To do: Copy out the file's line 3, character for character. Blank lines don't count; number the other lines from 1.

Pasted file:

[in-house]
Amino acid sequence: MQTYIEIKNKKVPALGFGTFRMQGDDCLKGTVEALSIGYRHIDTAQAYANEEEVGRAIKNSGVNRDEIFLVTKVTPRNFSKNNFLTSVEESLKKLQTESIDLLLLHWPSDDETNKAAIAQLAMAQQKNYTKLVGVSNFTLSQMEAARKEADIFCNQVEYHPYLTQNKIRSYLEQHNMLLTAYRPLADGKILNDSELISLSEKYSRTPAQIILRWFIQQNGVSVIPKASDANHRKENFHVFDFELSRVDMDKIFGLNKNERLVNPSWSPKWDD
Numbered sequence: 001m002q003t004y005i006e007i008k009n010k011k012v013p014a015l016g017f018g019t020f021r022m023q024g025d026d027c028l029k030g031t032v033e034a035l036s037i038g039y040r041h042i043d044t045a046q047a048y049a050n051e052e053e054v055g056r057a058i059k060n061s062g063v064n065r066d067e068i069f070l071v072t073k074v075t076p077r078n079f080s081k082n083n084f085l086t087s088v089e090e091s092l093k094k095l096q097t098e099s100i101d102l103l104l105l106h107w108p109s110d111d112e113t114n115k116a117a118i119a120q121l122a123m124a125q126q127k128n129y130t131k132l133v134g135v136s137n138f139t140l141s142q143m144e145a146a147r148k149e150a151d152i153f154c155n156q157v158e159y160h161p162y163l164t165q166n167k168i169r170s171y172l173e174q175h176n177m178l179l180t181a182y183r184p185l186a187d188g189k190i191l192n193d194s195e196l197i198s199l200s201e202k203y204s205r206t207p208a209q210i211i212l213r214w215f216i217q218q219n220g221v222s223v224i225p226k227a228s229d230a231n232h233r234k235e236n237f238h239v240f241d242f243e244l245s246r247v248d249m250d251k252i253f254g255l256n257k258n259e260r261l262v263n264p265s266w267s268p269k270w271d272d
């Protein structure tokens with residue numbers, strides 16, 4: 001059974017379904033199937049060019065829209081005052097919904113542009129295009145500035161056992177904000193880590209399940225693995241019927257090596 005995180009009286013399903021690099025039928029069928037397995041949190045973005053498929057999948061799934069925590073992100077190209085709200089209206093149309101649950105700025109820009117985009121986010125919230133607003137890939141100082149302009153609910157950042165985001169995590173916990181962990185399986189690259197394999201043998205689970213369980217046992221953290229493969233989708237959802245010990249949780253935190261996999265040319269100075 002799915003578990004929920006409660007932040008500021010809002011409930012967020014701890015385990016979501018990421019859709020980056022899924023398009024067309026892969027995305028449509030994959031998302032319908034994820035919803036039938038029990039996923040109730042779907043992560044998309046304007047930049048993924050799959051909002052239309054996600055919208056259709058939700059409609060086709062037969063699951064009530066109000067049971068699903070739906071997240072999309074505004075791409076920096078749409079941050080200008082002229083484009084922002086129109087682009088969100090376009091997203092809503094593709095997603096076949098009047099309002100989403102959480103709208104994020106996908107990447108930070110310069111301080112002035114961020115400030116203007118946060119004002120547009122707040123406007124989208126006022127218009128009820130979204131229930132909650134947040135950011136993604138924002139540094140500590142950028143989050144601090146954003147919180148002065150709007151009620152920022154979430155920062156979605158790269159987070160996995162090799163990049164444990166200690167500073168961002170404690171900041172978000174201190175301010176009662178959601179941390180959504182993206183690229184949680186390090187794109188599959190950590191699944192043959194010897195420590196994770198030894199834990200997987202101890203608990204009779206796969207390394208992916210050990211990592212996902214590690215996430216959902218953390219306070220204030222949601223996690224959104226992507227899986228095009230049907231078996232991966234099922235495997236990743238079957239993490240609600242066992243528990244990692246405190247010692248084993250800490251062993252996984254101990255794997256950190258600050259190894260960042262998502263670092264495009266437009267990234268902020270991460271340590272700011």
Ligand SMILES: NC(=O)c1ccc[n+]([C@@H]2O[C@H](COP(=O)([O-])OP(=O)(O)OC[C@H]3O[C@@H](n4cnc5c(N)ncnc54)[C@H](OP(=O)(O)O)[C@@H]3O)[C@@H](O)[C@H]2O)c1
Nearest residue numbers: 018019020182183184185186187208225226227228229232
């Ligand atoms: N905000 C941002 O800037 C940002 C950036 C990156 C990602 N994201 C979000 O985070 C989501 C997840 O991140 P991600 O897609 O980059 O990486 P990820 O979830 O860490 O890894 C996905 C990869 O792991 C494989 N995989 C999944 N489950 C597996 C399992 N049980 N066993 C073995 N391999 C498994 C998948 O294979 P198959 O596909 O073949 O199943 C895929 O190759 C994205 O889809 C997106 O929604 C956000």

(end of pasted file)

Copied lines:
Numbered sequence: 001m002q003t004y005i006e007i008k009n010k011k012v013p014a015l016g017f018g019t020f021r022m023q024g025d026d027c028l029k030g031t032v033e034a035l036s037i038g039y040r041h042i043d044t045a046q047a048y049a050n051e052e053e054v055g056r057a058i059k060n061s062g063v064n065r066d067e068i069f070l071v072t073k074v075t076p077r078n079f080s081k082n083n084f085l086t087s088v089e090e091s092l093k094k095l096q097t098e099s100i101d102l103l104l105l106h107w108p109s110d111d112e113t114n115k116a117a118i119a120q121l122a123m124a125q126q127k128n129y130t131k132l133v134g135v136s137n138f139t140l141s142q143m144e145a146a147r148k149e150a151d152i153f154c155n156q157v158e159y160h161p162y163l164t165q166n167k168i169r170s171y172l173e174q175h176n177m178l179l180t181a182y183r184p185l186a187d188g189k190i191l192n193d194s195e196l197i198s199l200s201e202k203y204s205r206t207p208a209q210i211i212l213r214w215f216i217q218q219n220g221v222s223v224i225p226k227a228s229d230a231n232h233r234k235e236n237f238h239v240f241d242f243e244l245s246r247v248d249m250d251k252i253f254g255l256n257k258n259e260r261l262v263n264p265s266w267s268p269k270w271d272d